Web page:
Upon hearing the parties, the Hon’ble Court held that “Business information such as cost and pricing, projected capital investments, inventory, marketing strategies and customer lists may qualify as trade secrets” and passed an injunction restraining the defendant from sharing any information concerning marketing strategy and customer base received from the Petitioner until the time stipulated under the NDA i.e. for a period of 2 years from the date of expiry of the NDA September 30, 2015, thus, enforcing the secrecy clause as stipulated in the NDA between the parties.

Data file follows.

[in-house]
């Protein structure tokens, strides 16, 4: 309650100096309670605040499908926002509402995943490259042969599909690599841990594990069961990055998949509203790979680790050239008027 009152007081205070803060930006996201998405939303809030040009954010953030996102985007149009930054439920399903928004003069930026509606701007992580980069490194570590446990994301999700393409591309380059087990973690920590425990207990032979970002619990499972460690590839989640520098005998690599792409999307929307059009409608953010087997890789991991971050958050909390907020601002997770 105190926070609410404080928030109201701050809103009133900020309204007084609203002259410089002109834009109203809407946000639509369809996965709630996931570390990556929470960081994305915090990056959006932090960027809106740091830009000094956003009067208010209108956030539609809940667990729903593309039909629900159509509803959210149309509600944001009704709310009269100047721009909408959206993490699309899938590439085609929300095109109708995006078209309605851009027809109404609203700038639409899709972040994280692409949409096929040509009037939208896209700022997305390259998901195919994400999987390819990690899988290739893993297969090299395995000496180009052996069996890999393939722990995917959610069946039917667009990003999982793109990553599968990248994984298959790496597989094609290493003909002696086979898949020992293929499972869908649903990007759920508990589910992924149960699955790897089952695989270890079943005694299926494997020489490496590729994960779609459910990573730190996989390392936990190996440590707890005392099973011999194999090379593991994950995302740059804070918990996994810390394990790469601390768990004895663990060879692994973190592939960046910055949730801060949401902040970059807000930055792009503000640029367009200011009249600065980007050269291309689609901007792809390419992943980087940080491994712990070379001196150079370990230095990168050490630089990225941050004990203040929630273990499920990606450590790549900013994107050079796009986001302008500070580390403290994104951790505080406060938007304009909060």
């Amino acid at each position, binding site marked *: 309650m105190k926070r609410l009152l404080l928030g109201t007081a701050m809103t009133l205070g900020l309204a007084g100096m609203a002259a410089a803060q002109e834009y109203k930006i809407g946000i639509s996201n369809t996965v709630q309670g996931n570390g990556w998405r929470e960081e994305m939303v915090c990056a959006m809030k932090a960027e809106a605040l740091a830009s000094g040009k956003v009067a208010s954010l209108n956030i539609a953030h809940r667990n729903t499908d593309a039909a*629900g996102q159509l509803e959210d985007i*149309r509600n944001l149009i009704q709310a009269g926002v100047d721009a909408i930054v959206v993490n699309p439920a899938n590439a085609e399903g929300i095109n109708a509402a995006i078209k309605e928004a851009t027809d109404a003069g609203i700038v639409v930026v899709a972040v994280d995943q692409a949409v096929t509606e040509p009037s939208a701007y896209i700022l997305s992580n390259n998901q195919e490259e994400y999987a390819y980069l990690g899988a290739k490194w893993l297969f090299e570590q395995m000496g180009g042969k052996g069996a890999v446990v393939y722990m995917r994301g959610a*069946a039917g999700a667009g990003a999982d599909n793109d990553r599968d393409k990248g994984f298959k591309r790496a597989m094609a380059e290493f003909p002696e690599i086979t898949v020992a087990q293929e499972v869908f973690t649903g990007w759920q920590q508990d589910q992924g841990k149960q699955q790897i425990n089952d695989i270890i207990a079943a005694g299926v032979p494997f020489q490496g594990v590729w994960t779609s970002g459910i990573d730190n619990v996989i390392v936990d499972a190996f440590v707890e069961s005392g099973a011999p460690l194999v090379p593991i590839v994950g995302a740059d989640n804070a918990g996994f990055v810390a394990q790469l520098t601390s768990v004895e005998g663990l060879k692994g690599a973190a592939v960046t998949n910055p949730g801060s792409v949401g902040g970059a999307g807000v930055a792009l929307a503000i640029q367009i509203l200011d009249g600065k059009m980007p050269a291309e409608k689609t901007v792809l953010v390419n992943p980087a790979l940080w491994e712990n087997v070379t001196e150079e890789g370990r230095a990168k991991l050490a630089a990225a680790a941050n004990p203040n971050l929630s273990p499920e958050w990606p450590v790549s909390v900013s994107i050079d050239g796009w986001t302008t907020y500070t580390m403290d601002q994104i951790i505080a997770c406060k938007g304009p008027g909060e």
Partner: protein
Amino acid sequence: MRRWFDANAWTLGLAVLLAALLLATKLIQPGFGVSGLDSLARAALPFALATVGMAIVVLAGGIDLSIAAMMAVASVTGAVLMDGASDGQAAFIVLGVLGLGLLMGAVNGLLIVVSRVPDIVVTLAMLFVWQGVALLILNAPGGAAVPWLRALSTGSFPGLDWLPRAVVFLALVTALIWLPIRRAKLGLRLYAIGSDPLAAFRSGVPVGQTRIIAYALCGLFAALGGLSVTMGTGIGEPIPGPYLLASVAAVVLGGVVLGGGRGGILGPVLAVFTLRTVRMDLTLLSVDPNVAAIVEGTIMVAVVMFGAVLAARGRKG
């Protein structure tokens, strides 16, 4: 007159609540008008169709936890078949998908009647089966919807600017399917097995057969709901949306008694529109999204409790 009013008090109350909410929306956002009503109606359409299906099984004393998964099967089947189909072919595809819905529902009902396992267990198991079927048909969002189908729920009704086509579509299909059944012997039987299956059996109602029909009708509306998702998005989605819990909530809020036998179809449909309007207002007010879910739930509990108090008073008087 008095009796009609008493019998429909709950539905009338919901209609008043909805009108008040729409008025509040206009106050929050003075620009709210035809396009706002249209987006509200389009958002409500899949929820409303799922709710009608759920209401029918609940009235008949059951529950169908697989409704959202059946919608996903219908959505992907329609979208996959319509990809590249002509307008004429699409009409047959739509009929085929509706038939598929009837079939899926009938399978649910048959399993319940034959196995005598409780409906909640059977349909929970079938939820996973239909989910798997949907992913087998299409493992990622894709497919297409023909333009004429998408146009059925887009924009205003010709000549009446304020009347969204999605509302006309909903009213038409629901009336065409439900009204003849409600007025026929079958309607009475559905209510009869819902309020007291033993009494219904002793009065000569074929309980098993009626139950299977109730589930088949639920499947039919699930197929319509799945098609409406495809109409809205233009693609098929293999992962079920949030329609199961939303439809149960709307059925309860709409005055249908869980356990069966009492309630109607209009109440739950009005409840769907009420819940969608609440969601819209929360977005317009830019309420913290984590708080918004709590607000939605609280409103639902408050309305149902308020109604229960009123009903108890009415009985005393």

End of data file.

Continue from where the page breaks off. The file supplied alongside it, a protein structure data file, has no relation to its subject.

The ruling in both the above decisions suggests that Courts may not be impervious to enforcing secrecy clauses post-termination of an agreement. In the cases mentioned above, an obligation of secrecy surviving for two to three years post termination of an agreement was enforced without any objections as to the time frame, which could be construed to mean that such a time frame may be considered reasonable. However, it would be premature to conclude that the law is settled on what are reasonable restrictions that can be enforced in a secrecy/non-disclosure clause post termination of an agreement.

With the growing importance of trade secret protection and enforcement, it would be a welcome move by the Courts to settle the law.